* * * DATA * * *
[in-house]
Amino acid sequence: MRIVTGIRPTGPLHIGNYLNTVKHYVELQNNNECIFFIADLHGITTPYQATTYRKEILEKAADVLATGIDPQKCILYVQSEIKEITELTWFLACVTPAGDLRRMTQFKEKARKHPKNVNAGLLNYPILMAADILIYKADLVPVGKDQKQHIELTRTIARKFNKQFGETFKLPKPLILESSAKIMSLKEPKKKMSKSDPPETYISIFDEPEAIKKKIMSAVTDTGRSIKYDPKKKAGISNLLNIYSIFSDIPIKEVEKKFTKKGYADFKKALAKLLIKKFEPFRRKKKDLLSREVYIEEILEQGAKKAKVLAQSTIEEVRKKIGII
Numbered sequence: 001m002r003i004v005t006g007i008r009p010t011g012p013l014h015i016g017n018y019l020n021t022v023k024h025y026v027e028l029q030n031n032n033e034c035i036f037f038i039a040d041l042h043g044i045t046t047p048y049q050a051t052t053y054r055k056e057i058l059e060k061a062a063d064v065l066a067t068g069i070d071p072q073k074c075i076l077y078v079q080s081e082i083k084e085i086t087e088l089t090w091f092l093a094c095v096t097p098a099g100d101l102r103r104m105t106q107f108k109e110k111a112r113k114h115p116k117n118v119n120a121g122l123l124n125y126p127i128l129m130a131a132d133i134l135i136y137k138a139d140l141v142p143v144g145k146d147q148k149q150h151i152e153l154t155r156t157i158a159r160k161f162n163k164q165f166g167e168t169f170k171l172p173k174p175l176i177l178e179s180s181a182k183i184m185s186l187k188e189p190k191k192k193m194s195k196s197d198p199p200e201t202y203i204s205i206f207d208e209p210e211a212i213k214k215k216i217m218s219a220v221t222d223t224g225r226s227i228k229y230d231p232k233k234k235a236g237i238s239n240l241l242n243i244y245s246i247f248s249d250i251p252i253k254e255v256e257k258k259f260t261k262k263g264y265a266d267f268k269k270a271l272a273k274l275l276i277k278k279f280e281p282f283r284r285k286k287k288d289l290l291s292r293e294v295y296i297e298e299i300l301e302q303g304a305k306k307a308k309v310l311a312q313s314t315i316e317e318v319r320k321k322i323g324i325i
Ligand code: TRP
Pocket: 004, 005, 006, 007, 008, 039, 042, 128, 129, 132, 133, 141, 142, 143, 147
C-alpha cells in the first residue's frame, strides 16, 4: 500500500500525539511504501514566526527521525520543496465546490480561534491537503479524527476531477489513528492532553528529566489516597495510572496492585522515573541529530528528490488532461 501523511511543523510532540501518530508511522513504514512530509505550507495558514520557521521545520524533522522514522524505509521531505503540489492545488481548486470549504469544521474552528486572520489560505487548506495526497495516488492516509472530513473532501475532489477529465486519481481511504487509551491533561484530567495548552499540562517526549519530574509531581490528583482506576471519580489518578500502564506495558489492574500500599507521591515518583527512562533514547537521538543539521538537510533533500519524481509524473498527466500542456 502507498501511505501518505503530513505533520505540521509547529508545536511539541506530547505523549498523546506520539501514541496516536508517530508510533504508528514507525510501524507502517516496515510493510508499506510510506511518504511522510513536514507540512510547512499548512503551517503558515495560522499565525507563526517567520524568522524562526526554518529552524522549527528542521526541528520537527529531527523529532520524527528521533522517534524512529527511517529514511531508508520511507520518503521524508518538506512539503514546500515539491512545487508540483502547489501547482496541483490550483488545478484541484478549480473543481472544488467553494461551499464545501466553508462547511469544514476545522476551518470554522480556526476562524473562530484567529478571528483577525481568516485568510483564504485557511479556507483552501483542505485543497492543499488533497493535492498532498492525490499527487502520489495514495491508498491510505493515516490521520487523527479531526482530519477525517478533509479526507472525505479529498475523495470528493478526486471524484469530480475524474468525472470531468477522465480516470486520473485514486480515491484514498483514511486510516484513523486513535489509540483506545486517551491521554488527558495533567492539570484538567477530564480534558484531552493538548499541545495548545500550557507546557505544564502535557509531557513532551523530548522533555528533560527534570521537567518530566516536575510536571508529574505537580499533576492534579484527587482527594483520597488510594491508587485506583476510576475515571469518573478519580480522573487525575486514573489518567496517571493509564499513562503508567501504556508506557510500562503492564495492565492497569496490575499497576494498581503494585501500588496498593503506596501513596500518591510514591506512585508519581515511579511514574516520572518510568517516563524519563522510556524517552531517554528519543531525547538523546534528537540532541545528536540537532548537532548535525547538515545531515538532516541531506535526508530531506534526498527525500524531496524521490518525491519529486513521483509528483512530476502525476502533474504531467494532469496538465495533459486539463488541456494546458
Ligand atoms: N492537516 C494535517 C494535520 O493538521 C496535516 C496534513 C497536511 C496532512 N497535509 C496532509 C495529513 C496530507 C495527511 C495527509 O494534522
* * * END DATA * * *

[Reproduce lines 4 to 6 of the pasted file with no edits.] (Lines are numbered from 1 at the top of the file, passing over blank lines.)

Ligand code: TRP
Pocket: 004, 005, 006, 007, 008, 039, 042, 128, 129, 132, 133, 141, 142, 143, 147
C-alpha cells in the first residue's frame, strides 16, 4: 500500500500525539511504501514566526527521525520543496465546490480561534491537503479524527476531477489513528492532553528529566489516597495510572496492585522515573541529530528528490488532461 501523511511543523510532540501518530508511522513504514512530509505550507495558514520557521521545520524533522522514522524505509521531505503540489492545488481548486470549504469544521474552528486572520489560505487548506495526497495516488492516509472530513473532501475532489477529465486519481481511504487509551491533561484530567495548552499540562517526549519530574509531581490528583482506576471519580489518578500502564506495558489492574500500599507521591515518583527512562533514547537521538543539521538537510533533500519524481509524473498527466500542456 502507498501511505501518505503530513505533520505540521509547529508545536511539541506530547505523549498523546506520539501514541496516536508517530508510533504508528514507525510501524507502517516496515510493510508499506510510506511518504511522510513536514507540512510547512499548512503551517503558515495560522499565525507563526517567520524568522524562526526554518529552524522549527528542521526541528520537527529531527523529532520524527528521533522517534524512529527511517529514511531508508520511507520518503521524508518538506512539503514546500515539491512545487508540483502547489501547482496541483490550483488545478484541484478549480473543481472544488467553494461551499464545501466553508462547511469544514476545522476551518470554522480556526476562524473562530484567529478571528483577525481568516485568510483564504485557511479556507483552501483542505485543497492543499488533497493535492498532498492525490499527487502520489495514495491508498491510505493515516490521520487523527479531526482530519477525517478533509479526507472525505479529498475523495470528493478526486471524484469530480475524474468525472470531468477522465480516470486520473485514486480515491484514498483514511486510516484513523486513535489509540483506545486517551491521554488527558495533567492539570484538567477530564480534558484531552493538548499541545495548545500550557507546557505544564502535557509531557513532551523530548522533555528533560527534570521537567518530566516536575510536571508529574505537580499533576492534579484527587482527594483520597488510594491508587485506583476510576475515571469518573478519580480522573487525575486514573489518567496517571493509564499513562503508567501504556508506557510500562503492564495492565492497569496490575499497576494498581503494585501500588496498593503506596501513596500518591510514591506512585508519581515511579511514574516520572518510568517516563524519563522510556524517552531517554528519543531525547538523546534528537540532541545528536540537532548537532548535525547538515545531515538532516541531506535526508530531506534526498527525500524531496524521490518525491519529486513521483509528483512530476502525476502533474504531467494532469496538465495533459486539463488541456494546458